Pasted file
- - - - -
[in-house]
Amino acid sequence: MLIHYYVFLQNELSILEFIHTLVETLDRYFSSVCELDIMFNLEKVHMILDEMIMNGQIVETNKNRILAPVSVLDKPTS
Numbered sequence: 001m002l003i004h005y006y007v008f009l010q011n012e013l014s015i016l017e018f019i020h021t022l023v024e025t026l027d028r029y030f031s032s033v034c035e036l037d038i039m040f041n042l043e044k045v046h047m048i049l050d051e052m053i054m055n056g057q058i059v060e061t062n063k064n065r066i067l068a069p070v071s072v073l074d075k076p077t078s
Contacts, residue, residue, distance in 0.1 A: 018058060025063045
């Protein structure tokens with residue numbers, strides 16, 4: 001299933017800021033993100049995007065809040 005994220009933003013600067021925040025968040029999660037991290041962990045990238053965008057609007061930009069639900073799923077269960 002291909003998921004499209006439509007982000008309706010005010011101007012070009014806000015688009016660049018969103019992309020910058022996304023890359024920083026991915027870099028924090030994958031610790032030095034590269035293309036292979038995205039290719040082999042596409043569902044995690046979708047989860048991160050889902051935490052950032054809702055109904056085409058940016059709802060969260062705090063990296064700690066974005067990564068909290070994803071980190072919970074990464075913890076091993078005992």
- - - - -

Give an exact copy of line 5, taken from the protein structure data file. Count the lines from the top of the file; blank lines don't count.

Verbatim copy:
């Protein structure tokens with residue numbers, strides 16, 4: 001299933017800021033993100049995007065809040 005994220009933003013600067021925040025968040029999660037991290041962990045990238053965008057609007061930009069639900073799923077269960 002291909003998921004499209006439509007982000008309706010005010011101007012070009014806000015688009016660049018969103019992309020910058022996304023890359024920083026991915027870099028924090030994958031610790032030095034590269035293309036292979038995205039290719040082999042596409043569902044995690046979708047989860048991160050889902051935490052950032054809702055109904056085409058940016059709802060969260062705090063990296064700690066974005067990564068909290070994803071980190072919970074990464075913890076091993078005992």